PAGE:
"This is not to say such a difference won't be found in future, but much of the existing scientific research is deeply flawed."
 
 
 
Enrichment at the Smithsonian Conservation Biology Institute
One of the ways SCBI keepers add variety to the cheetahs’ day is by providing them the opportunity to interact with a pool of water, which is not something that exists in their enclosures but something that they would encounter in the wild. To give juveniles Asante, Scotty and Rosalie an outlet to express their curiosity, keepers tossed in some floating toys as well. As predators, cheetahs are naturally inclined to investigate things that move (and that could potentially be prey). The jolly balls bob along the surface of water, making them an irresistible object of pursuit.  
 
 
 
Museum admits fault in Snooty’s death
Snooty the manatee drowned due to human error, including poor communication, deficient record keeping and lack of staff and volunteer training, South Florida Museum officials announced on Thursday.
“It is with the heaviest of hearts that the board confirms that the findings show Snooty died as the result of a preventable accident,” John Quinlan, vice president of the museum’s board of trustees, told reporters Thursday.
Snooty drowned the night of July 22 or the morning of July 23 after his gala 69th birthday party, when he swam through a broken access panel leading to an underwater tunnel and became trapped, he said.
After a museum-initiated investigation, “We came to understand that mistakes were made, specifically the aquarium staff were aware of the panel being askew or loose, or that it was missing screws as early as Sunday, July 16, a week prior to Snooty’s death,” said a tearful Brynne Anne Besio, museum CEO. “Due to br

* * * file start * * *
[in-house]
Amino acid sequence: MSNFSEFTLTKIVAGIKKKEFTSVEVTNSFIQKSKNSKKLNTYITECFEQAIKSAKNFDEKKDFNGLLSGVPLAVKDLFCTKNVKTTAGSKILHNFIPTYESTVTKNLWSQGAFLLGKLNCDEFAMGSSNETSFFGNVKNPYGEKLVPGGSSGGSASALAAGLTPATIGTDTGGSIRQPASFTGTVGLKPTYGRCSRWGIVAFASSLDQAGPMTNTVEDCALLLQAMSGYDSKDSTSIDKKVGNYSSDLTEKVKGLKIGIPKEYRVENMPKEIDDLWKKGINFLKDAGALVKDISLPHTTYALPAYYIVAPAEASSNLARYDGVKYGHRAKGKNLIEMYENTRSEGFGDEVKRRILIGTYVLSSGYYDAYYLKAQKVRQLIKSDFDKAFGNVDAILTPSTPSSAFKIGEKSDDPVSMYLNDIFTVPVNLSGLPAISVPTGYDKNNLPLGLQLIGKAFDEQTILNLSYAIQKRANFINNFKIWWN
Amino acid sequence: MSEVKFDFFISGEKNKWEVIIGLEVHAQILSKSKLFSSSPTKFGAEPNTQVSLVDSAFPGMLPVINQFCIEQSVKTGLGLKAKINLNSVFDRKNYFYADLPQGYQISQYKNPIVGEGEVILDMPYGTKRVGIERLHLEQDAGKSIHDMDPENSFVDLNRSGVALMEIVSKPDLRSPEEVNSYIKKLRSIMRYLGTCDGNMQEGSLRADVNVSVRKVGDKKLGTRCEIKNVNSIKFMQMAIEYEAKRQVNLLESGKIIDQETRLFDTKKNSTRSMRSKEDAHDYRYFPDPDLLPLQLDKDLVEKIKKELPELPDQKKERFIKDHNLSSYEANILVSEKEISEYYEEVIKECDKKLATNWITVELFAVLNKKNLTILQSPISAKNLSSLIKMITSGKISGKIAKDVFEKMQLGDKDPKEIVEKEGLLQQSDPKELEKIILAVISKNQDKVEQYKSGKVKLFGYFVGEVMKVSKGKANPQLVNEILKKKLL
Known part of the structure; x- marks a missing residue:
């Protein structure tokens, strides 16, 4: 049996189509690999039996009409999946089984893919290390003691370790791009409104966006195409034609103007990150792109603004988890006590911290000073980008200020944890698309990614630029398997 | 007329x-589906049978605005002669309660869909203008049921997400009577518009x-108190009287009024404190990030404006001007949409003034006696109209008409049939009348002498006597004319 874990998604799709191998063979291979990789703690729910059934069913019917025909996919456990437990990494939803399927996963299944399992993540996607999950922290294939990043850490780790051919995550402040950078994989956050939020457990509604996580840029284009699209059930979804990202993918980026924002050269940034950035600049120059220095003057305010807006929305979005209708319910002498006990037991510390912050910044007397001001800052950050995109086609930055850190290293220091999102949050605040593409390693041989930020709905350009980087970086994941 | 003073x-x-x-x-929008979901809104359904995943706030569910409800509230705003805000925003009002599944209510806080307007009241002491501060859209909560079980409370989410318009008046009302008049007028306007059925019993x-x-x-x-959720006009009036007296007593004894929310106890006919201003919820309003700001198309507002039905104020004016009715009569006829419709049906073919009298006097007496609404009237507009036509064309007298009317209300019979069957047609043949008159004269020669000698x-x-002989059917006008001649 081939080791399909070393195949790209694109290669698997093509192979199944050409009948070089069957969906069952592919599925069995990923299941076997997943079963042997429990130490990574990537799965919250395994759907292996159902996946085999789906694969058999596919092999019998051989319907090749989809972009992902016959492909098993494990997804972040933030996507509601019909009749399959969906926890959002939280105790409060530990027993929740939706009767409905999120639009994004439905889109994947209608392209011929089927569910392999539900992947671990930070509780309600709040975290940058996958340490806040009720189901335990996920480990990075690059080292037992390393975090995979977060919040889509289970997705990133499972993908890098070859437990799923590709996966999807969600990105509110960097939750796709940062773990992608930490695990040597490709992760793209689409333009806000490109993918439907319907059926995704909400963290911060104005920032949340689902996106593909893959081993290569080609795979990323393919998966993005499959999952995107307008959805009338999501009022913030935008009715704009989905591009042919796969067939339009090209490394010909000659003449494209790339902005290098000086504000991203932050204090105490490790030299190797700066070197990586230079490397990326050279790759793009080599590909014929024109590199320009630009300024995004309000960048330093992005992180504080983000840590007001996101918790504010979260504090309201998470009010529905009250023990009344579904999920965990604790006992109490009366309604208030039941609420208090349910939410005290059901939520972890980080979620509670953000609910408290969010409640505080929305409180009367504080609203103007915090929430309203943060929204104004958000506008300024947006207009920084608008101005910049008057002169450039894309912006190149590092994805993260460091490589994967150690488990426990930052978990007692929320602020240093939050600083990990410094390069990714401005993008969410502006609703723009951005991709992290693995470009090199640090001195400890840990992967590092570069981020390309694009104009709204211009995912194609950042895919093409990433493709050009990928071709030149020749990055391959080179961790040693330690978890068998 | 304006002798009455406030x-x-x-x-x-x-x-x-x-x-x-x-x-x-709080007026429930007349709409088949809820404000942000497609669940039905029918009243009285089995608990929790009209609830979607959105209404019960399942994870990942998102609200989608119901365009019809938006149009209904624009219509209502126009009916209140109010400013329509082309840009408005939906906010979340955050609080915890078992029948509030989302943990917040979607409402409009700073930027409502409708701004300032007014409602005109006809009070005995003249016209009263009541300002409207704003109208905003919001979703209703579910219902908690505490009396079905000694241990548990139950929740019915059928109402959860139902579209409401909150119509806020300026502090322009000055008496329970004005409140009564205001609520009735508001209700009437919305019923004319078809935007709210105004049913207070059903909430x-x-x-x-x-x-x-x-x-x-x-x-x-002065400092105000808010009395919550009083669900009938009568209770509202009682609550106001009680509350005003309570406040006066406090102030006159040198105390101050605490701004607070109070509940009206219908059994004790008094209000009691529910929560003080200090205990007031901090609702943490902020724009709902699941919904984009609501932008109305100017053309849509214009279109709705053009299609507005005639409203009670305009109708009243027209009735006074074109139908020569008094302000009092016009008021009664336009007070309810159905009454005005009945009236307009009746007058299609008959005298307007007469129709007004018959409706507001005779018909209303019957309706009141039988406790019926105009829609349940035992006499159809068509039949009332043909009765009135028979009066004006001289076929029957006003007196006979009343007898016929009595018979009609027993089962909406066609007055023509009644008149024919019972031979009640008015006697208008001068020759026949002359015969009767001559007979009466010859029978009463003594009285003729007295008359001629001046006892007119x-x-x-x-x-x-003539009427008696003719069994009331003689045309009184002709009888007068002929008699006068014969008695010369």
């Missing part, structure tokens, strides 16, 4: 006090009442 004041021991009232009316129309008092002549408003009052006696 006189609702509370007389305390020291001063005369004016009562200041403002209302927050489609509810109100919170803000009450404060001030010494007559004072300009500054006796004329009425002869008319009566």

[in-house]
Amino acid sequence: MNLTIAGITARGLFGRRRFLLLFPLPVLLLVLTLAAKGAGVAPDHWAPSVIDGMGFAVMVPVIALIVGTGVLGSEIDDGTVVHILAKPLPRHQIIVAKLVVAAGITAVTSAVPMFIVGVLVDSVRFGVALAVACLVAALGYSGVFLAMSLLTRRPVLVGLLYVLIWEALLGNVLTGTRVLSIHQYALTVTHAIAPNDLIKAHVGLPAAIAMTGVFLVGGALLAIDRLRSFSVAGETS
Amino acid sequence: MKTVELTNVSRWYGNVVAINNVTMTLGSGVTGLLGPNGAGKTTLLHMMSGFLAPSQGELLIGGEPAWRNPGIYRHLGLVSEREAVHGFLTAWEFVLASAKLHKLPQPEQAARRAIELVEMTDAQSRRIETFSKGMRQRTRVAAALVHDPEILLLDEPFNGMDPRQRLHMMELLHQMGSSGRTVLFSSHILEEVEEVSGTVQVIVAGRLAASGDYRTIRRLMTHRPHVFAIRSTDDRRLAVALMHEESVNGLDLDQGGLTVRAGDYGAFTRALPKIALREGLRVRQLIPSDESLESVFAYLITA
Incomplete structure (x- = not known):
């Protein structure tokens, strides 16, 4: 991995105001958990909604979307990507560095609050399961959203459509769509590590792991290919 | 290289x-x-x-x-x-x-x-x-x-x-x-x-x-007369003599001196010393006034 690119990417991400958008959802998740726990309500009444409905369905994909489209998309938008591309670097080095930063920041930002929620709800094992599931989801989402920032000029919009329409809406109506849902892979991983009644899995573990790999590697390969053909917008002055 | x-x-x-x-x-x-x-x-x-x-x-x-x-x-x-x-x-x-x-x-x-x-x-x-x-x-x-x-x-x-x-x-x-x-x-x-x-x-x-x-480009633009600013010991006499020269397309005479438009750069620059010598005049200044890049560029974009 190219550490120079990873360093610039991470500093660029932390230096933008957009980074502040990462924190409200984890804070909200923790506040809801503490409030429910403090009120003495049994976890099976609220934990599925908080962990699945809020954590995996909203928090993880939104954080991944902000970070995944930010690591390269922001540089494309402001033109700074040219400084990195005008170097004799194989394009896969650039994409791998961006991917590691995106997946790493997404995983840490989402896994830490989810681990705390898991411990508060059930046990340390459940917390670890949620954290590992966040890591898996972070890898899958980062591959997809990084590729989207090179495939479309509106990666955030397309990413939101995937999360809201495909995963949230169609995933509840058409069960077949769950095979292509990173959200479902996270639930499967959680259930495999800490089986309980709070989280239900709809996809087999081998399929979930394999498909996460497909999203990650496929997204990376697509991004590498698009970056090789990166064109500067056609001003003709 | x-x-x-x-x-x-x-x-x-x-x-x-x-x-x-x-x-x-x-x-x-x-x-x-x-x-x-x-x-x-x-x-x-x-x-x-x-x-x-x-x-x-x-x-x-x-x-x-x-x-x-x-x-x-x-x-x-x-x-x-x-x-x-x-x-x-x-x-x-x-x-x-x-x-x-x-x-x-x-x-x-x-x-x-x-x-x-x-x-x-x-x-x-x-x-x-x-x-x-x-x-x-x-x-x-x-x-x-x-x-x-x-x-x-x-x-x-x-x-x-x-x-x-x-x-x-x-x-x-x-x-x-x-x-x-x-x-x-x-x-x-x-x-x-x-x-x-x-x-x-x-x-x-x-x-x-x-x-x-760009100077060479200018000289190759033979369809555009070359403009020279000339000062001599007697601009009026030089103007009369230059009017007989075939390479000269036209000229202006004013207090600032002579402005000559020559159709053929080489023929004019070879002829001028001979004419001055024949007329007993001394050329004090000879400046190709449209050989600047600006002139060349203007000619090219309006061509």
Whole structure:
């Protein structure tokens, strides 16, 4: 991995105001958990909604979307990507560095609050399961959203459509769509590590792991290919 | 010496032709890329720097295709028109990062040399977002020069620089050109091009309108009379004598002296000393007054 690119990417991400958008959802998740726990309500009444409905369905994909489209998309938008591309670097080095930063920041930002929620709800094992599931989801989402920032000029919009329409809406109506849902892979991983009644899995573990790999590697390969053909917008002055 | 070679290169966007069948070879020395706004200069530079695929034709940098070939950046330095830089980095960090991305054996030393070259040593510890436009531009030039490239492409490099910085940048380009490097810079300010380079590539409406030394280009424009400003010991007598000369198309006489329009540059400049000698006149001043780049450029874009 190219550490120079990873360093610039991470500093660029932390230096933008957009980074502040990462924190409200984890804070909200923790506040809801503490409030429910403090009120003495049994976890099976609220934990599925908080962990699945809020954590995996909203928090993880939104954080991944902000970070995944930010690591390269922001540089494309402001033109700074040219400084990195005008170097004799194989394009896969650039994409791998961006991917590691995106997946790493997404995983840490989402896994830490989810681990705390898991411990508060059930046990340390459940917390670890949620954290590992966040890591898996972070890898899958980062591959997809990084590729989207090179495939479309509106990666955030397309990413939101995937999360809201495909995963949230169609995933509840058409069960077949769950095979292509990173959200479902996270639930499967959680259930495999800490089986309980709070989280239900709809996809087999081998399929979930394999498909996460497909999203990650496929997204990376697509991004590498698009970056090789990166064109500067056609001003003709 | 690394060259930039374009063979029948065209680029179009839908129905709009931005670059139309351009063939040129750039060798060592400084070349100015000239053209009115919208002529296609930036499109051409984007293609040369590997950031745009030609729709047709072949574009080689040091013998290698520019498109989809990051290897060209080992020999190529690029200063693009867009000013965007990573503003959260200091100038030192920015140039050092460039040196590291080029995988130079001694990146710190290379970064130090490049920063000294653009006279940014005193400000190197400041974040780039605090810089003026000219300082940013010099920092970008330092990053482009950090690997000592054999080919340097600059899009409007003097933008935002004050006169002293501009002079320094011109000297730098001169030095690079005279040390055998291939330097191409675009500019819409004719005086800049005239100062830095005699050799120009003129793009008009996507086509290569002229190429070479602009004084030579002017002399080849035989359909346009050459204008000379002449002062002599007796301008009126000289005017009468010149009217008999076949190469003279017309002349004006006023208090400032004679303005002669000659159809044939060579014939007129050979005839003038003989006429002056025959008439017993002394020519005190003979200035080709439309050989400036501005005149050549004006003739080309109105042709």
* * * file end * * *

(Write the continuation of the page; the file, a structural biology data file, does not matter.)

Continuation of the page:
Endangered California Frog Gets Inoculation To Avoid Extinction
Scientists say they’re inoculating an endangered California frog to give it a fighting chance at avoiding extinction.
National Park Service biologist Danny Boiano says it’s part of an experiment to save the mountain yellow-legged frog from ravaging disease.
 
 
 
Former USFWS Director Dan Ashe Discusses Wildlife Conservation & Animal Welfare Programs as the New CEO of the Association of Zoos & Aquariums (AZA)
The 2016 selection of former Director of the US Fish and Wildlife Service (USFWS) Dan Ashe as President and Chief Executive Officer of the Association of Zoos and Aquariums (AZA) was exciting for many executives at the helm of accredited zoological parks in North America and worldwide for several reasons. 
The appointment of perhaps the highest ranking wildlife biologist in the United States to the post in charge of wildlife in human care was an obvious choice to many zoo and aquarium professionals and a poignant reminder of AZA’s commitment to wildlife conservation. But the significance of the selection may not have resonated as widely or strongly within the public sector.  Connections between zoos and field-based programs, including restoration efforts, which are often largely administered under the auspices of zoos and aquariums themselves, are frequently under-recognized and under-appreciated, even among avid zoogoers.
 
 
 
To stop poaching, ivory ban must be permanent
Elephants in the wild are under serious threat: Save the Elephants estimates that 100,000 elephants were killed for their ivory in Africa between 2010 and 2012. Elephants are part of our global heritage that should be stewarded for future generations, but they are not to be fenced off in “fortress conservation” efforts; we must find ways of co-existing with elephants in a way that serves communities in Africa – and the elephants themselves.
One way to mitigate the risk elephants are facing due to demand for their ivory is to reduce that demand – such campaigns are crucial in the fight against poaching, and domestic ivory trade bans can complement these campaigns.
 
 
 
Indonesian authorities uncover online orangutan trade
Wildlife traffickers in Indonesia are taking their illicit business to social media such as Facebook and Instagram, with the latest case coming to light this week.
On Monday (Aug 21), West Kalimantan forest rangers and police arrested a suspect, identified only as Tar, on suspicion of selling two baby orang utans on Instagram.